Maintaining the public gaze on superficial initiatives, such as rounding, diverts it from where proper scrutiny should be, says Paul Snelling
No nurse can deny these are difficult times for the profession, and that a robust response is required to restore public confidence.
The government’s response to the Francis report, announced last week, reiterated that all hospitals would be urged to introduce nurse rounding, the practice where all patients are checked hourly according to a standard protocol.
Impressive claims for the effectiveness of rounding have been made and it has been heavily promoted by the prime minister and the Nursing and Care Quality Forum. Robert Francis QC also stated that change would not be achieved by top-down pronouncements, and yet the “urging” of rounding appears to be an example of this. But it was also recommended that professional bodies (note: not the government) work on devising evidence-based standard procedures; perhaps the implementation of rounding can be justified here, supported by robust evidence?
The problem is there is very little evidence for intentional rounding. What evidence there is consists almost exclusively of poor-quality studies from the US, undertaken by hospitals and management consultancies with a financial interest in promoting it to reduce call bell use and increase patient satisfaction. Much healthcare in the US is based on profit and competition between providers that spend nearly three times per person as in the UK. Hospitals in the most influential US study on rounding had over eight hours per person of direct nursing care per day (I’ll leave you to do the sums for your ward). Surely, there must be some good-quality evidence that can be transferred to the UK? I have looked very hard and found none, and no systematic review is available.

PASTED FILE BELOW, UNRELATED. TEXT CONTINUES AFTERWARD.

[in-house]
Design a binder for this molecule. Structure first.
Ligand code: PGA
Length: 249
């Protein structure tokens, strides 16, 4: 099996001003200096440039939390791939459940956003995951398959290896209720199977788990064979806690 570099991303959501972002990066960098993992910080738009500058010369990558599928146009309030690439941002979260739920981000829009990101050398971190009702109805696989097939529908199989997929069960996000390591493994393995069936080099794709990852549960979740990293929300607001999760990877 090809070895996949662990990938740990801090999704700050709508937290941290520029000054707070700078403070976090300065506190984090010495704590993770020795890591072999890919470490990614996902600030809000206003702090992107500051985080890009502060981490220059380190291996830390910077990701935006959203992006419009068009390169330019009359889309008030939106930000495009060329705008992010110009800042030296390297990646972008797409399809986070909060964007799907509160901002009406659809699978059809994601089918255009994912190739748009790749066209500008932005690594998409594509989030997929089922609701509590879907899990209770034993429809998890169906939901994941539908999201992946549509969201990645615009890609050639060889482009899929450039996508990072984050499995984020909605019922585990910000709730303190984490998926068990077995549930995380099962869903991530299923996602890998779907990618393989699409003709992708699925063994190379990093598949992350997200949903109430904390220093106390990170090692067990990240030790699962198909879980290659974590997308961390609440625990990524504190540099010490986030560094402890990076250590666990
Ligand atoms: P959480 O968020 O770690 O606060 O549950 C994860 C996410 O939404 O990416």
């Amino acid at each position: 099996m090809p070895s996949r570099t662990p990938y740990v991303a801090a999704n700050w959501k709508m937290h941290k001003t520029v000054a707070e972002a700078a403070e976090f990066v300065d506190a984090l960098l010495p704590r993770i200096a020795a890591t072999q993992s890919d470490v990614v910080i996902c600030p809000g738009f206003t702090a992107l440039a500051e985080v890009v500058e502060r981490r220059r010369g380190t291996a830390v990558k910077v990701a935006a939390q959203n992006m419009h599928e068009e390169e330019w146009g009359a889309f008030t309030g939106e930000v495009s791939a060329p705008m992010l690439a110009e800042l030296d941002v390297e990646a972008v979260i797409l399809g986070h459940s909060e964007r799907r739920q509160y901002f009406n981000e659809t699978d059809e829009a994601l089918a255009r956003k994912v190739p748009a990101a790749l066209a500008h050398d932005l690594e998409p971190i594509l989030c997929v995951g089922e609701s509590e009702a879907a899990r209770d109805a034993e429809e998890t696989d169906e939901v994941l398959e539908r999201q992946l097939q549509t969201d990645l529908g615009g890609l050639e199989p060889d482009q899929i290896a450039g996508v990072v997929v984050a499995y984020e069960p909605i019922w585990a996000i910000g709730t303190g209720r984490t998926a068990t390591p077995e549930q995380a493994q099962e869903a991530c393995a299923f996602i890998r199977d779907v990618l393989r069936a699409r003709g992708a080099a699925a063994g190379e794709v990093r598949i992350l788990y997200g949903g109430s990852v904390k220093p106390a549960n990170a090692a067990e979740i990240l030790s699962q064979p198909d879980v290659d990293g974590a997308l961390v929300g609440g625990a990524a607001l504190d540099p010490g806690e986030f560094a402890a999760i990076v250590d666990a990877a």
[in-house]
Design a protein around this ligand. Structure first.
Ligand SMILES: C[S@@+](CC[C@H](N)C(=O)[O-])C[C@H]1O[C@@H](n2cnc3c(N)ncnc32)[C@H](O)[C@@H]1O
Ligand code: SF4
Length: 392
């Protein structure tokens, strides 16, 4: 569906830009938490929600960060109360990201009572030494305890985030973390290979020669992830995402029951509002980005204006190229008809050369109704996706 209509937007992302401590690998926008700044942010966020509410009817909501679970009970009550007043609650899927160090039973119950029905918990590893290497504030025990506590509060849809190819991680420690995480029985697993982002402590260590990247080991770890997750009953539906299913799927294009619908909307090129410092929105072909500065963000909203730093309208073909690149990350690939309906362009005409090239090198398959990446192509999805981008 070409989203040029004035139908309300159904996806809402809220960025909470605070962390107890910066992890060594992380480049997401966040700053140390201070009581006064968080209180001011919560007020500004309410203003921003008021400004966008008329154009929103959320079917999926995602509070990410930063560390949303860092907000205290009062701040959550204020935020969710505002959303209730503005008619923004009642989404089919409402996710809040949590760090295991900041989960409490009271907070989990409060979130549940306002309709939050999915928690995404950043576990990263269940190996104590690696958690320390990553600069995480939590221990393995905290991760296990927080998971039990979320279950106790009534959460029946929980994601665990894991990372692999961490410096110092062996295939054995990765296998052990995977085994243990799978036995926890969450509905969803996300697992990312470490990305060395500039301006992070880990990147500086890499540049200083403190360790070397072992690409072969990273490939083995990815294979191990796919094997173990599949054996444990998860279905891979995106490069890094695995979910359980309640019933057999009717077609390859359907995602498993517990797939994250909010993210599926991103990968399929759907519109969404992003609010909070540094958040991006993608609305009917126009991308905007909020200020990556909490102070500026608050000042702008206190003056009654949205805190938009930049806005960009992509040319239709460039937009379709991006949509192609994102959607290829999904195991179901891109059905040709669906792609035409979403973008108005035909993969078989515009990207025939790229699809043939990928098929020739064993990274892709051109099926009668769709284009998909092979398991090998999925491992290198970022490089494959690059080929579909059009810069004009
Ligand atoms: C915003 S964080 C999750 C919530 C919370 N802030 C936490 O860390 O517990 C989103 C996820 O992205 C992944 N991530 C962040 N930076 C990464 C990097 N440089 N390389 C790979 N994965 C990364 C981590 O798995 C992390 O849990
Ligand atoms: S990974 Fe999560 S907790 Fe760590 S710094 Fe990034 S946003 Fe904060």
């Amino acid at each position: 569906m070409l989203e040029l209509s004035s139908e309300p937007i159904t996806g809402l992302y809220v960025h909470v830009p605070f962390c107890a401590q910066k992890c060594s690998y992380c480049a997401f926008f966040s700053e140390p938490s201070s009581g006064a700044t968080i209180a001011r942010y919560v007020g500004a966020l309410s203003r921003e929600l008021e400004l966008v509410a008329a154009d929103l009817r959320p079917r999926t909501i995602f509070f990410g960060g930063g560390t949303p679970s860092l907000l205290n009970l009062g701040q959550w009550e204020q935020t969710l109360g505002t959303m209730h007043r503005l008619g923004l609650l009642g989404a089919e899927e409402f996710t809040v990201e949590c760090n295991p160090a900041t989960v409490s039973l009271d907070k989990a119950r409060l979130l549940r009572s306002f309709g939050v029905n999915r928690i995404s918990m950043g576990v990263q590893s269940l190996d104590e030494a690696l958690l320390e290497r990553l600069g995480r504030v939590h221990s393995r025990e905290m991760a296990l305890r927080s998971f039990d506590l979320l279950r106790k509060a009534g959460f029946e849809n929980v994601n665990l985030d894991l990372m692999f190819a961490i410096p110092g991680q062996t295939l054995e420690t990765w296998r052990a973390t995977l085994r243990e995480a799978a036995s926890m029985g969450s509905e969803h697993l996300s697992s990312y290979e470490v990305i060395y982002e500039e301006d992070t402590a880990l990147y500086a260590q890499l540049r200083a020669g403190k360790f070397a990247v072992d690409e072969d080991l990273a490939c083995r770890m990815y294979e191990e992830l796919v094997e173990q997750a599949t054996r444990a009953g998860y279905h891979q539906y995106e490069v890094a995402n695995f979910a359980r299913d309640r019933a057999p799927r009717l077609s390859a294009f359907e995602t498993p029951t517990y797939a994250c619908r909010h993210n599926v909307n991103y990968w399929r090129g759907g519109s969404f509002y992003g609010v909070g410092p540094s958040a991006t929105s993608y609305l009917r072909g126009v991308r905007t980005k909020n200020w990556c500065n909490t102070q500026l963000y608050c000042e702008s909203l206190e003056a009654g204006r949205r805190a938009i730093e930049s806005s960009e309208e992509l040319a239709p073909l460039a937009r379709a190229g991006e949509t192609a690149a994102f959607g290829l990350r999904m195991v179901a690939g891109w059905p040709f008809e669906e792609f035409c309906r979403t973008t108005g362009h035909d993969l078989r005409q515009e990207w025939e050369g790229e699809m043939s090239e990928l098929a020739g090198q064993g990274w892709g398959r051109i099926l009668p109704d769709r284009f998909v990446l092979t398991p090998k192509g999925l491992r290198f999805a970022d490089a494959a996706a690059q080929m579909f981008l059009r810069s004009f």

“Rounding represents the politicised search for simple solutions to complex problems”
I do not want to be misunderstood. Like every nurse, I am in favour of any intervention that is shown to improve care, part of which is patient satisfaction. I say “part” because, as the National Institute for Health and Care Excellence recognises, patient satisfaction is widely acknowledged to be a poor indicator of care quality. This hasn’t stopped the implementation of the Friends and Family Test, described as “unsuitable for use in NHS settings” in a study for the Care Quality Commission. As they distribute questionnaires, few nurses will know that the test was designed, again in the US, to help business growth, and that it is ineffective even at that. But, as with undertaking rounding, nurses will administer the test because the government says they must.
Rounding may work, so why I am I so sceptical? First, it is the opposite of individualised care that forms the foundation of good, professional nursing. Second, it has been implemented following evidential claims that are always flimsy and sometimes simply false. Third - most importantly - it represents the politicised search for simple solutions to complex problems. Maintaining the public gaze on superficial initiatives diverts it from where proper scrutiny should be - on resources and political micromanagement.
It is not known whether intentional rounding will improve care, but it is known that, unsurprisingly, higher numbers of better educated nurses will.
I’m heartened by the acknowledgement in Compassion in Practice that evidence-based staffing levels are needed. Let’s hope for progress there but, in the meantime, we do ourselves and our patients no good at all by meekly allowing politically driven and evidence-free interventions to dominate the post-Francis nursing environment.
Paul Snelling is senior lecturer in adult nursing and programme leader, MSc specialist practice, at UWE Gloucester